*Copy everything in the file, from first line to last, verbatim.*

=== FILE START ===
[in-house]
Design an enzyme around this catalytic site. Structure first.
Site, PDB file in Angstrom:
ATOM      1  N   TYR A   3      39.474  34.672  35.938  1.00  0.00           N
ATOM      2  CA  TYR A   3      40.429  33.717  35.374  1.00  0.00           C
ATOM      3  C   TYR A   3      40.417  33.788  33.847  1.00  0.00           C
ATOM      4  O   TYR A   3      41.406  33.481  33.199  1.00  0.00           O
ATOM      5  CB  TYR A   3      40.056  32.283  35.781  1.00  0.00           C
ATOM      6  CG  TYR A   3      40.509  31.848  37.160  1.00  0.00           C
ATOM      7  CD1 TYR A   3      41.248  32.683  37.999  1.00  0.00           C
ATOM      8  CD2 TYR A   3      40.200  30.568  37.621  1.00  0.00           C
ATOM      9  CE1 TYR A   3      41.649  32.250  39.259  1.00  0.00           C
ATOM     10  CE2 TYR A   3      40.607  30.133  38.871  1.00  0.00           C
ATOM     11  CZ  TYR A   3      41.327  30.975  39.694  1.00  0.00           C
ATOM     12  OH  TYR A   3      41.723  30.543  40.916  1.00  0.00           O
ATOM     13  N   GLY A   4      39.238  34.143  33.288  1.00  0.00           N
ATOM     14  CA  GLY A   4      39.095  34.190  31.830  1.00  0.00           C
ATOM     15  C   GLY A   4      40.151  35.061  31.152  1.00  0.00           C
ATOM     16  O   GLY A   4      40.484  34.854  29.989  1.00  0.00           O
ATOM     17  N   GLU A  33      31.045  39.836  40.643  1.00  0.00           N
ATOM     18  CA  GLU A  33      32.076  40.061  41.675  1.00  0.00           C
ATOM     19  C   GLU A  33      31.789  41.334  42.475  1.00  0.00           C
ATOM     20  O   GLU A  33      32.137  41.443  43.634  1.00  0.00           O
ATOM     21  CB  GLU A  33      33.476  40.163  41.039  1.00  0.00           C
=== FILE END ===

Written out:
[in-house]
Design an enzyme around this catalytic site. Structure first.
Site, PDB file in Angstrom:
ATOM      1  N   TYR A   3      39.474  34.672  35.938  1.00  0.00           N
ATOM      2  CA  TYR A   3      40.429  33.717  35.374  1.00  0.00           C
ATOM      3  C   TYR A   3      40.417  33.788  33.847  1.00  0.00           C
ATOM      4  O   TYR A   3      41.406  33.481  33.199  1.00  0.00           O
ATOM      5  CB  TYR A   3      40.056  32.283  35.781  1.00  0.00           C
ATOM      6  CG  TYR A   3      40.509  31.848  37.160  1.00  0.00           C
ATOM      7  CD1 TYR A   3      41.248  32.683  37.999  1.00  0.00           C
ATOM      8  CD2 TYR A   3      40.200  30.568  37.621  1.00  0.00           C
ATOM      9  CE1 TYR A   3      41.649  32.250  39.259  1.00  0.00           C
ATOM     10  CE2 TYR A   3      40.607  30.133  38.871  1.00  0.00           C
ATOM     11  CZ  TYR A   3      41.327  30.975  39.694  1.00  0.00           C
ATOM     12  OH  TYR A   3      41.723  30.543  40.916  1.00  0.00           O
ATOM     13  N   GLY A   4      39.238  34.143  33.288  1.00  0.00           N
ATOM     14  CA  GLY A   4      39.095  34.190  31.830  1.00  0.00           C
ATOM     15  C   GLY A   4      40.151  35.061  31.152  1.00  0.00           C
ATOM     16  O   GLY A   4      40.484  34.854  29.989  1.00  0.00           O
ATOM     17  N   GLU A  33      31.045  39.836  40.643  1.00  0.00           N
ATOM     18  CA  GLU A  33      32.076  40.061  41.675  1.00  0.00           C
ATOM     19  C   GLU A  33      31.789  41.334  42.475  1.00  0.00           C
ATOM     20  O   GLU A  33      32.137  41.443  43.634  1.00  0.00           O
ATOM     21  CB  GLU A  33      33.476  40.163  41.039  1.00  0.00           C